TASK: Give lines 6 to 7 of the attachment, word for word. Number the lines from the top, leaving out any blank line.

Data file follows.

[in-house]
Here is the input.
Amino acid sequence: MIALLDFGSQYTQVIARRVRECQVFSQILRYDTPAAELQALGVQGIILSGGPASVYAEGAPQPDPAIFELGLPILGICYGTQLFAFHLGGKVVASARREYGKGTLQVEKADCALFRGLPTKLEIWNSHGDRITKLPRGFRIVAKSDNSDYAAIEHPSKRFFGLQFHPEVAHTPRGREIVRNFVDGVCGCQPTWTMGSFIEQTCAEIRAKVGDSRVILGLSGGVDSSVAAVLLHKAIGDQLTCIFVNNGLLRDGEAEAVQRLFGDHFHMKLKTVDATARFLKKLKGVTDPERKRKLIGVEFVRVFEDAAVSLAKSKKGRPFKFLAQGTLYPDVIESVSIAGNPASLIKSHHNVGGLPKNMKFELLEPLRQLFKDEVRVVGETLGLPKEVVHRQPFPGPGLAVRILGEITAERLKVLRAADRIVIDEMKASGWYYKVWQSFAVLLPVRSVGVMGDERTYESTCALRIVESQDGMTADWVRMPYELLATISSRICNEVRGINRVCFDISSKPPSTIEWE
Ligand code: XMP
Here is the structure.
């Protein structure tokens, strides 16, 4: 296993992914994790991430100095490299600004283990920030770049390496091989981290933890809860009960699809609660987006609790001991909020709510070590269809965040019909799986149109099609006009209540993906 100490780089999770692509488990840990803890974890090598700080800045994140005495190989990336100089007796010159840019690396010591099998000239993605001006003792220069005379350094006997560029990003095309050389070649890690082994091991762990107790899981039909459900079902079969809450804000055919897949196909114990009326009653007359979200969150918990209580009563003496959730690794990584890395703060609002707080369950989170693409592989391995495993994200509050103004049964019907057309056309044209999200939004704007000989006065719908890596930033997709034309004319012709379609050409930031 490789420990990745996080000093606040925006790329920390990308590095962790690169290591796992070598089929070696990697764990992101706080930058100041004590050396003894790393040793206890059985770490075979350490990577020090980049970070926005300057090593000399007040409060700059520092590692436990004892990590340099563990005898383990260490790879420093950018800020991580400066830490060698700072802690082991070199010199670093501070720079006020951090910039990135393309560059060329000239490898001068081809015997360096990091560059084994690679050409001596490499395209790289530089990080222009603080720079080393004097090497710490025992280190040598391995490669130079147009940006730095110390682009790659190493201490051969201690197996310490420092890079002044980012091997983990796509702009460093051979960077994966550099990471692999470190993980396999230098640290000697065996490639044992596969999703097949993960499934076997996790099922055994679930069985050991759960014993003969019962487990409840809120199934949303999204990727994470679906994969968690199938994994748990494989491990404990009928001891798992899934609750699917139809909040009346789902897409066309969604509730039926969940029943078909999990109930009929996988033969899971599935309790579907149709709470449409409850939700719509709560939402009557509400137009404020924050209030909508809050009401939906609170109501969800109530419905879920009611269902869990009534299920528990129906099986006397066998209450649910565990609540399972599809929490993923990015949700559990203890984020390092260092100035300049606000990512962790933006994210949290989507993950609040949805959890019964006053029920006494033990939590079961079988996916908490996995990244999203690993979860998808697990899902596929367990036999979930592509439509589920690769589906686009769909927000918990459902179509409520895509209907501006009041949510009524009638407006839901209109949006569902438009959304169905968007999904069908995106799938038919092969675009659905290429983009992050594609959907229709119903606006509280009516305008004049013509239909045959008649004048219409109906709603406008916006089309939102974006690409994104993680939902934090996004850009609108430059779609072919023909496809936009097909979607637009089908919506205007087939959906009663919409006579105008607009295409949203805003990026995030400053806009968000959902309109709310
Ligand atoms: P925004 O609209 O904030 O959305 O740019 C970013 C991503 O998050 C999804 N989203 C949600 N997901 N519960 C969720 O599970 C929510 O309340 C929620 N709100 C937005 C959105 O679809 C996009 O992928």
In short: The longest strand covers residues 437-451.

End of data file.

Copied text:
């Protein structure tokens, strides 16, 4: 296993992914994790991430100095490299600004283990920030770049390496091989981290933890809860009960699809609660987006609790001991909020709510070590269809965040019909799986149109099609006009209540993906 100490780089999770692509488990840990803890974890090598700080800045994140005495190989990336100089007796010159840019690396010591099998000239993605001006003792220069005379350094006997560029990003095309050389070649890690082994091991762990107790899981039909459900079902079969809450804000055919897949196909114990009326009653007359979200969150918990209580009563003496959730690794990584890395703060609002707080369950989170693409592989391995495993994200509050103004049964019907057309056309044209999200939004704007000989006065719908890596930033997709034309004319012709379609050409930031 490789420990990745996080000093606040925006790329920390990308590095962790690169290591796992070598089929070696990697764990992101706080930058100041004590050396003894790393040793206890059985770490075979350490990577020090980049970070926005300057090593000399007040409060700059520092590692436990004892990590340099563990005898383990260490790879420093950018800020991580400066830490060698700072802690082991070199010199670093501070720079006020951090910039990135393309560059060329000239490898001068081809015997360096990091560059084994690679050409001596490499395209790289530089990080222009603080720079080393004097090497710490025992280190040598391995490669130079147009940006730095110390682009790659190493201490051969201690197996310490420092890079002044980012091997983990796509702009460093051979960077994966550099990471692999470190993980396999230098640290000697065996490639044992596969999703097949993960499934076997996790099922055994679930069985050991759960014993003969019962487990409840809120199934949303999204990727994470679906994969968690199938994994748990494989491990404990009928001891798992899934609750699917139809909040009346789902897409066309969604509730039926969940029943078909999990109930009929996988033969899971599935309790579907149709709470449409409850939700719509709560939402009557509400137009404020924050209030909508809050009401939906609170109501969800109530419905879920009611269902869990009534299920528990129906099986006397066998209450649910565990609540399972599809929490993923990015949700559990203890984020390092260092100035300049606000990512962790933006994210949290989507993950609040949805959890019964006053029920006494033990939590079961079988996916908490996995990244999203690993979860998808697990899902596929367990036999979930592509439509589920690769589906686009769909927000918990459902179509409520895509209907501006009041949510009524009638407006839901209109949006569902438009959304169905968007999904069908995106799938038919092969675009659905290429983009992050594609959907229709119903606006509280009516305008004049013509239909045959008649004048219409109906709603406008916006089309939102974006690409994104993680939902934090996004850009609108430059779609072919023909496809936009097909979607637009089908919506205007087939959906009663919409006579105008607009295409949203805003990026995030400053806009968000959902309109709310
Ligand atoms: P925004 O609209 O904030 O959305 O740019 C970013 C991503 O998050 C999804 N989203 C949600 N997901 N519960 C969720 O599970 C929510 O309340 C929620 N709100 C937005 C959105 O679809 C996009 O992928």